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N. Scott Momaday: The Way to Rainy Mountain

  • Genre(s): Native American, Contemporary
  • Period: 1960s to present
  • Lines: (from "XXIV" of The Way to Rainy Mountains)
    ... He ought to give himself up to a particular landscape in his experience, to look at it from as many angles as he can, to wonder about it, to dwell upon it. He ought to imagine that he touches it with his hands at every season and listen to the sounds that are made upon it. He ought to imagine the creatures there and all the faintest motions of the wind. He ought to recollect the glare of noon and all the colors of the dawn and dusk.
  • Quote: My grandmother had a reverence for the sun, a holy regard that now is gone out of mankind. There was a wariness in her, and an ancient awe. She was a Christian in her later years, but she had come a long way about, and she never forgot her birthright. (from Introduction to The Way to Rainy Mountain).
  • Way to Rainy Mountain Click to Order Momaday's The Way to Rainy Mountain (soft $)

    Not found in the poetry section of most bookstores—if found in bookstores at all—this collection of very short pieces of fiction combine the non-linear elements of Native American folk-tales with the precision and condensation of prose poems. The stories are passed down from Kiowas, and recorded perhaps for the first time; accompanying the tales are simple but fascinating ink drawings. Momaday writes of his effort to preserve the Kiowa's tales: "What remains is fragmentary: mythology, legend, lore, and heresay—and of course the idea itself, as crucial and complete as it ever was. That is the miracle."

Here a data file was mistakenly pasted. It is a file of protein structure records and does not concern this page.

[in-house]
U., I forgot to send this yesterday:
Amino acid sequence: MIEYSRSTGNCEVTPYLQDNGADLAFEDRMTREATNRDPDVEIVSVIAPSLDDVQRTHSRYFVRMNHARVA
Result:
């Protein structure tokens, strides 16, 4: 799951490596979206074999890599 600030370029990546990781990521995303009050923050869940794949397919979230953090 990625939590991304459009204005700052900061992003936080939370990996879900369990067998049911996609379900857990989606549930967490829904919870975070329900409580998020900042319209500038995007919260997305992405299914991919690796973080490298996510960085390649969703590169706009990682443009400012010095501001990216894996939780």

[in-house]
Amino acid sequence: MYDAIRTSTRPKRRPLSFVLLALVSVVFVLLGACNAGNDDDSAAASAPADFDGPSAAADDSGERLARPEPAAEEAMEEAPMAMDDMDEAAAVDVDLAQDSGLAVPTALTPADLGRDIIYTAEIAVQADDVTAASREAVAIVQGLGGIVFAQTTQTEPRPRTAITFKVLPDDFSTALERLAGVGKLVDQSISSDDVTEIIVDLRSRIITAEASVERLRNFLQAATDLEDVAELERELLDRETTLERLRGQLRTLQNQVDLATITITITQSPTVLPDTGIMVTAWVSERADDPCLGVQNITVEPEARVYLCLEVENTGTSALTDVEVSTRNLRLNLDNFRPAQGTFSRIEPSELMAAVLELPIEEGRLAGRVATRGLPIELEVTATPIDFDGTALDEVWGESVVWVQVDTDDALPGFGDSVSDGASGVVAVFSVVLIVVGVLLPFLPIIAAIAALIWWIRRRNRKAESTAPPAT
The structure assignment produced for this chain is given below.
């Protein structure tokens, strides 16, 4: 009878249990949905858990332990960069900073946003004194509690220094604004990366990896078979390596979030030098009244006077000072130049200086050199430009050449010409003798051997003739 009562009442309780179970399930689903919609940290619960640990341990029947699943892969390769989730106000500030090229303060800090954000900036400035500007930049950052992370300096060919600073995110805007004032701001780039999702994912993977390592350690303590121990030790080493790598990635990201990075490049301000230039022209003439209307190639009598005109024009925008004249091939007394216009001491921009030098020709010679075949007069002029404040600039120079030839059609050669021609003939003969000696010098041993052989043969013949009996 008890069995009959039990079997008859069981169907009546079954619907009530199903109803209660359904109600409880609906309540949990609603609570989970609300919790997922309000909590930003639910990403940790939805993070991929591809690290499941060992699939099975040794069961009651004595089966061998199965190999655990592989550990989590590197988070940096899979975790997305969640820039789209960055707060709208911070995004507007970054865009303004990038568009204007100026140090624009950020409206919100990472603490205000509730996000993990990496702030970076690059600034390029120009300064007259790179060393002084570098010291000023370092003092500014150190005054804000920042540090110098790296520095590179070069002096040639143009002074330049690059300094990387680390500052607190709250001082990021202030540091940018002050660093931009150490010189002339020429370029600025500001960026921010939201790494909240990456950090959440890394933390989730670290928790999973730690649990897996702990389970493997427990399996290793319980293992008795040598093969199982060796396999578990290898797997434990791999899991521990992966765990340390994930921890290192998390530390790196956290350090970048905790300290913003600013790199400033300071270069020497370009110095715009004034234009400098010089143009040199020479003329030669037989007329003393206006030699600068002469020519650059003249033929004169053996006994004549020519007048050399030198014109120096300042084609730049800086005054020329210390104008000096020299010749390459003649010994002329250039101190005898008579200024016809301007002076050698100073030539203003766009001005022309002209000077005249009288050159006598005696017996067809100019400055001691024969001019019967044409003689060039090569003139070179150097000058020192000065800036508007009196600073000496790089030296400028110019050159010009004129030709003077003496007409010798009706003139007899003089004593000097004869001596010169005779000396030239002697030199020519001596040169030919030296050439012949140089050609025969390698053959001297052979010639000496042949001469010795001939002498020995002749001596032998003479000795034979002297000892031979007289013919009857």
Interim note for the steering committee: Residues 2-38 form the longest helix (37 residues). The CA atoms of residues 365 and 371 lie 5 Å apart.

Although the tales are passed down, Momaday has weaved himself into the book with a unique form in which each section begins with a short tale followed by a short prose section that appears to comment on the tale with the eye of a reverent ethnologist; each section ends with a short piece of prose, expressing a personal memory in which the myth is brought to life. This book appeals to children and adults alike with its elements of creation myth, playfulness, and its grounding in nature (including animal beings who play integral parts in the vignettes). The Way to Rainy Mountain pays homage to the Native American oral tradition, and brings to print stories, myths, and memories that will be appreciated for generations to come.



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